September 26, 2015

Review: The Fifth Season

The Fifth Season The Fifth Season by N.K. Jemisin
My rating: 5 of 5 stars

I've never read any of N.K. Jemisin's work before, but now I'll start collecting her books.

This book is fantastic. I'll get that out of the way right now; it's one of the best I've read this year. It's a very dense book, in plot and character, worldbuilding and writing, and it would definitely reward multiple reads. (In fact, as I was going through it, and peeling back one more layer of the onion Jemisin has so expertly constructed, I found myself returning to the prologue and rereading it, and picking up on the nuances I couldn't understand before. Which I did again just now, after finishing the book. Unfortunately, I have to return this copy to the library, but I'll get my own soon enough.) What I find interesting is that it's being marketed as fantasy, and to me, it's really not. This is not to say I disdain fantasy; I loved Naomi Novik's Uprooted, after all. But this book, while it might have some nominal fantasy trappings, has a very strong science-fiction undertone. Just as an example, the inhabitants of Jemisin's world understand the theory of plate tectonics, the cities have electricity generated by geothermal and/or hydroelectric means, and they also possess the ability to build massive floating (possibly using anti-grav?) crystal obelisks--the purpose of which isn't hinted at until the very last line of the book! (Talk about a cliff-hanger. I immediately went to Amazon to see if I could pre-order the next book, which isn't even finished yet.)

The structure of this book is complex. There are three distinct storylines, and alternating chapters following what you at first believe are three characters--but you gradually realize this is the story of one woman, told at three different times in her life. The oldest version of the protagonist is named Essun, and her chapters are written in second person, present tense. (I've written a story in second person. It's not easy; that sort of narrative is distancing and suffocatingly close all at the same time, and the writer has to make the "you" into a distinct character. Jemisin does this very well.) The earlier versions of Essun, under different names, are written in third person, present tense. Fortunately, the chapter headings make clear which character we'll be focusing on. All this juggling of storylines may sound a bit precious, but it's absolutely necessary to the plot; we have to see why and how Essun has become the person she is, to understand the choices she makes.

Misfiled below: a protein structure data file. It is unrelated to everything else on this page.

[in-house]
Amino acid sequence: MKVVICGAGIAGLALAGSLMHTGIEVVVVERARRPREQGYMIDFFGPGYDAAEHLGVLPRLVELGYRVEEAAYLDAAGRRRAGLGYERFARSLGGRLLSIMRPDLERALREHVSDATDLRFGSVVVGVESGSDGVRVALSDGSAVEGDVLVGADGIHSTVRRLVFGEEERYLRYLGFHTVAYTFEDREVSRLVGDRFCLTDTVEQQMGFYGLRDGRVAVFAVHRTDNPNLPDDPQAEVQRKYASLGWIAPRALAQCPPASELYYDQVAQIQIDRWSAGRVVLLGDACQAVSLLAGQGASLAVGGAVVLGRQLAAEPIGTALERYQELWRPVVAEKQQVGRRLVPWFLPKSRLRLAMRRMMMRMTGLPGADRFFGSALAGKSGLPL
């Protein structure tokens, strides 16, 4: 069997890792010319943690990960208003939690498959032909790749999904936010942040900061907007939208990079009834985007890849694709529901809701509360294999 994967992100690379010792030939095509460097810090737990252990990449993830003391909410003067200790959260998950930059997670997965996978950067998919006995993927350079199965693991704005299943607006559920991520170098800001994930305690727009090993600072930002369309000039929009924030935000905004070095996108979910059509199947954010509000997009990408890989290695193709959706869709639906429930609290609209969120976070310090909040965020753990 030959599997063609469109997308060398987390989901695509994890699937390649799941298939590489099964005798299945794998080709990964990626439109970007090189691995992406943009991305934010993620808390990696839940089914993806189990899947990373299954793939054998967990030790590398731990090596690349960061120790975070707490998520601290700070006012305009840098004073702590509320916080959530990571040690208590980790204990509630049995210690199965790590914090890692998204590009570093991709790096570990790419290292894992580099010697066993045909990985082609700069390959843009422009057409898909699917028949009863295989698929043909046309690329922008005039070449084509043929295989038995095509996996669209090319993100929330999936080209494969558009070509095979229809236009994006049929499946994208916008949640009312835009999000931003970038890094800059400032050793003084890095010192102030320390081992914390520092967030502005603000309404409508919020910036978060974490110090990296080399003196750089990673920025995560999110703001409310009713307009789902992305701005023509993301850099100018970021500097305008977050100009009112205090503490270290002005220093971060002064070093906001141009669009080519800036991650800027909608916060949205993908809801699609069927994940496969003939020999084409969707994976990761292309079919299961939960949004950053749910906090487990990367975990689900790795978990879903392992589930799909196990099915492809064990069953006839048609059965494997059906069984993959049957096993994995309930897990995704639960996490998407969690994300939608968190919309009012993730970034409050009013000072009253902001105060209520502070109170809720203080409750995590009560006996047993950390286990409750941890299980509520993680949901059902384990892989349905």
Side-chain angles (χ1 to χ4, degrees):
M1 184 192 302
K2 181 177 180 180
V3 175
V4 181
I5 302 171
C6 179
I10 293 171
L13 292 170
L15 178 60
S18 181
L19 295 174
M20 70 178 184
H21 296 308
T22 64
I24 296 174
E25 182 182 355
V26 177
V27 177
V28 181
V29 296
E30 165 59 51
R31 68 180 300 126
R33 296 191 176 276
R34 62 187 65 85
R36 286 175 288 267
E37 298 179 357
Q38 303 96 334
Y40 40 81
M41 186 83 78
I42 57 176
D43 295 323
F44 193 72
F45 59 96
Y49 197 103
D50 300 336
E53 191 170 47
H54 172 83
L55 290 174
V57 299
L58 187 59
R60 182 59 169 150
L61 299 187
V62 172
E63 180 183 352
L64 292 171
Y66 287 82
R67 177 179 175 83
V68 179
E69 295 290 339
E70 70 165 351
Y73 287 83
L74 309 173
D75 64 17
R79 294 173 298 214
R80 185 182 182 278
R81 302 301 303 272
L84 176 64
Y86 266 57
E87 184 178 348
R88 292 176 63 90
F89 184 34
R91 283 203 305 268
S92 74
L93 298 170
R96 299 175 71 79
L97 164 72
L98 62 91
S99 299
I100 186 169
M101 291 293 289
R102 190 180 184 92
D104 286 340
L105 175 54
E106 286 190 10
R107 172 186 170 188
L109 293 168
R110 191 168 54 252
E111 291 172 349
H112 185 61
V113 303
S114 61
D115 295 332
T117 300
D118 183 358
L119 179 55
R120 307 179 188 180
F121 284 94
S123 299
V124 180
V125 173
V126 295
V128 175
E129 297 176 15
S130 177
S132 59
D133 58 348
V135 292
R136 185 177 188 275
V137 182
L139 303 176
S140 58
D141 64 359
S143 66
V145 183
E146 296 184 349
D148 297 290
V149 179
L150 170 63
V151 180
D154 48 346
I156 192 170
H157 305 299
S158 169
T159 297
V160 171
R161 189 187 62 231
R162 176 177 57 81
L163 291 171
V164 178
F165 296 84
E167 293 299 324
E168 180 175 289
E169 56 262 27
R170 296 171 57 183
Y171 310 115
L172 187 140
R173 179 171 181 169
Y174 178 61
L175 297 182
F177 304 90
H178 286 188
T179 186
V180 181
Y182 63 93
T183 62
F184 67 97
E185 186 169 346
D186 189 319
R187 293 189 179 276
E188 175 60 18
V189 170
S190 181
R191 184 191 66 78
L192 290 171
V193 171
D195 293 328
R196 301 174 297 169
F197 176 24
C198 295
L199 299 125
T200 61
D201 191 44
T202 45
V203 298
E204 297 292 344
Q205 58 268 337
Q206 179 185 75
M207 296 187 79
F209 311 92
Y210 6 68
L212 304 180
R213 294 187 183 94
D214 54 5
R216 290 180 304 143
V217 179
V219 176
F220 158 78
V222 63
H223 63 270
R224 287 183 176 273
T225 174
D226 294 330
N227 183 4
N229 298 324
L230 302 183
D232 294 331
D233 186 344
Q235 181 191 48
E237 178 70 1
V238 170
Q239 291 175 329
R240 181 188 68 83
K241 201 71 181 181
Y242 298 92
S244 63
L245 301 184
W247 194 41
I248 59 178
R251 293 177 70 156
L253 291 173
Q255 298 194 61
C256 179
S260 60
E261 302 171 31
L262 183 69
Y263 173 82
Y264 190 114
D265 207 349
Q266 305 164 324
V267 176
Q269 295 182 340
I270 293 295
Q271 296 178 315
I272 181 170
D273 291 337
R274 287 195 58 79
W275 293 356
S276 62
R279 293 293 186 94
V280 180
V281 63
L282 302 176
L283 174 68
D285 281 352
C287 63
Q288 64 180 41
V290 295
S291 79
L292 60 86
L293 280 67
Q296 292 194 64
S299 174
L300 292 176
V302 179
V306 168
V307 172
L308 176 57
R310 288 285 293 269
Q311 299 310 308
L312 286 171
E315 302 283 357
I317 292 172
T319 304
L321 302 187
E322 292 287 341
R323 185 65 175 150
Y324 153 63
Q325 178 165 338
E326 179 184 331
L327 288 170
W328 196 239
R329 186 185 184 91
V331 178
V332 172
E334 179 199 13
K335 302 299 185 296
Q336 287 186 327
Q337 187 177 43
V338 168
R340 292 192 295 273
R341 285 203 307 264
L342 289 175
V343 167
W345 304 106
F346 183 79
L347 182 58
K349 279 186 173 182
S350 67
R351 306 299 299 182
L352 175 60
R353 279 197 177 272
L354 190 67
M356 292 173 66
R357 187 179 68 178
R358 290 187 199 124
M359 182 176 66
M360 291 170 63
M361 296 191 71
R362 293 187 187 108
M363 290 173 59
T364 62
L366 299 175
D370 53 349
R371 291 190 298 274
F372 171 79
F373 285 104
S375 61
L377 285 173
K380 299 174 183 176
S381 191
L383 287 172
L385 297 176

The worldbuilding is equally impressive. I've come to the conclusion that, for me, world-building is one of the most important parts of an SFF book; if I can't believe in the world presented, if it doesn't make sense, I get thrown right out of the narrative (and the book tends to hit the wall). Jemisin's world has the weight of thousands of years of history and geology, and carries that weight very well. There are no infodumps. The history/geology is woven in with rare skill, and the story never drags. There are two appendices at the back of the book--a timeline and glossary of terms--that help explain things, which I appreciated, but most readers will be able to follow along anyway. The prose is crisp and clean and deceptively simple, and when Jemisin hits an action sequence, it's like a knockout punch.

This is a very dark story, however, so be warned. The characters never seem to catch a break. There are themes of prejudice and hatred, and a society that oppresses the very people it needs for its survival. There are important questions asked as to how far a person will go to accept something that they know is not right, if they believe accepting the wrong is necessary for their survival, and how and when they will finally break free. Essun is asking those questions, and is on the verge of breaking free, and I can't wait to see what she does next.

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